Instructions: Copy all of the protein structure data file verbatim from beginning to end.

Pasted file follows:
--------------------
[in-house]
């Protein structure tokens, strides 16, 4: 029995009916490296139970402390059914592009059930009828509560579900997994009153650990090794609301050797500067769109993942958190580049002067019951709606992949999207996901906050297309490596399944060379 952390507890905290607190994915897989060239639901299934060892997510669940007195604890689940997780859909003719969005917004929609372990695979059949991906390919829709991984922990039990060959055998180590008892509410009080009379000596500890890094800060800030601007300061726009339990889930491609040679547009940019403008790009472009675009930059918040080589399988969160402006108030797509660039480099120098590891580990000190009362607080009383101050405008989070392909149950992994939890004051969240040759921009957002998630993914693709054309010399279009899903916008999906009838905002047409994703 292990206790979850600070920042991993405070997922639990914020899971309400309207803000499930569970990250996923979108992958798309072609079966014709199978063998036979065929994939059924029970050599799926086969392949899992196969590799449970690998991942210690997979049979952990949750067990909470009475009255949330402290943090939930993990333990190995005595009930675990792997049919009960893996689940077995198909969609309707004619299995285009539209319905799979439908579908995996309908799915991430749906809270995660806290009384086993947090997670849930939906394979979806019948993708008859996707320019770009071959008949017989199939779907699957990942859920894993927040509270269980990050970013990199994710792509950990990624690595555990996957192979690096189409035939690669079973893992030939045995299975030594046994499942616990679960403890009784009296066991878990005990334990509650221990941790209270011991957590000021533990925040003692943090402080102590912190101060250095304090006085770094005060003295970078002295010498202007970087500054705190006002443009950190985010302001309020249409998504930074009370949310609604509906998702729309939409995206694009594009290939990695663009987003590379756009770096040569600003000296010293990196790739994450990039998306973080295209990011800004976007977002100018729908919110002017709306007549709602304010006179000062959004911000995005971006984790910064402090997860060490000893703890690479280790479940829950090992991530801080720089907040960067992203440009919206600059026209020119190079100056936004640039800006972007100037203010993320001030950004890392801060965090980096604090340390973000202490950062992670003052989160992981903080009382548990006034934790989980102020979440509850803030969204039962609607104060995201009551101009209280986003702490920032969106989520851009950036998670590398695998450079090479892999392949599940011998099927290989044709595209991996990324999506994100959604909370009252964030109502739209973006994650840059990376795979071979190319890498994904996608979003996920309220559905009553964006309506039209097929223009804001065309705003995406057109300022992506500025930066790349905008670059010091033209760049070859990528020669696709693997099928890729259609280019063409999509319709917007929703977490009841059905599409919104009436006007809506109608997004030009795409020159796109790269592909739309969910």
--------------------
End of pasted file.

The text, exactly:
[in-house]
């Protein structure tokens, strides 16, 4: 029995009916490296139970402390059914592009059930009828509560579900997994009153650990090794609301050797500067769109993942958190580049002067019951709606992949999207996901906050297309490596399944060379 952390507890905290607190994915897989060239639901299934060892997510669940007195604890689940997780859909003719969005917004929609372990695979059949991906390919829709991984922990039990060959055998180590008892509410009080009379000596500890890094800060800030601007300061726009339990889930491609040679547009940019403008790009472009675009930059918040080589399988969160402006108030797509660039480099120098590891580990000190009362607080009383101050405008989070392909149950992994939890004051969240040759921009957002998630993914693709054309010399279009899903916008999906009838905002047409994703 292990206790979850600070920042991993405070997922639990914020899971309400309207803000499930569970990250996923979108992958798309072609079966014709199978063998036979065929994939059924029970050599799926086969392949899992196969590799449970690998991942210690997979049979952990949750067990909470009475009255949330402290943090939930993990333990190995005595009930675990792997049919009960893996689940077995198909969609309707004619299995285009539209319905799979439908579908995996309908799915991430749906809270995660806290009384086993947090997670849930939906394979979806019948993708008859996707320019770009071959008949017989199939779907699957990942859920894993927040509270269980990050970013990199994710792509950990990624690595555990996957192979690096189409035939690669079973893992030939045995299975030594046994499942616990679960403890009784009296066991878990005990334990509650221990941790209270011991957590000021533990925040003692943090402080102590912190101060250095304090006085770094005060003295970078002295010498202007970087500054705190006002443009950190985010302001309020249409998504930074009370949310609604509906998702729309939409995206694009594009290939990695663009987003590379756009770096040569600003000296010293990196790739994450990039998306973080295209990011800004976007977002100018729908919110002017709306007549709602304010006179000062959004911000995005971006984790910064402090997860060490000893703890690479280790479940829950090992991530801080720089907040960067992203440009919206600059026209020119190079100056936004640039800006972007100037203010993320001030950004890392801060965090980096604090340390973000202490950062992670003052989160992981903080009382548990006034934790989980102020979440509850803030969204039962609607104060995201009551101009209280986003702490920032969106989520851009950036998670590398695998450079090479892999392949599940011998099927290989044709595209991996990324999506994100959604909370009252964030109502739209973006994650840059990376795979071979190319890498994904996608979003996920309220559905009553964006309506039209097929223009804001065309705003995406057109300022992506500025930066790349905008670059010091033209760049070859990528020669696709693997099928890729259609280019063409999509319709917007929703977490009841059905599409919104009436006007809506109608997004030009795409020159796109790269592909739309969910």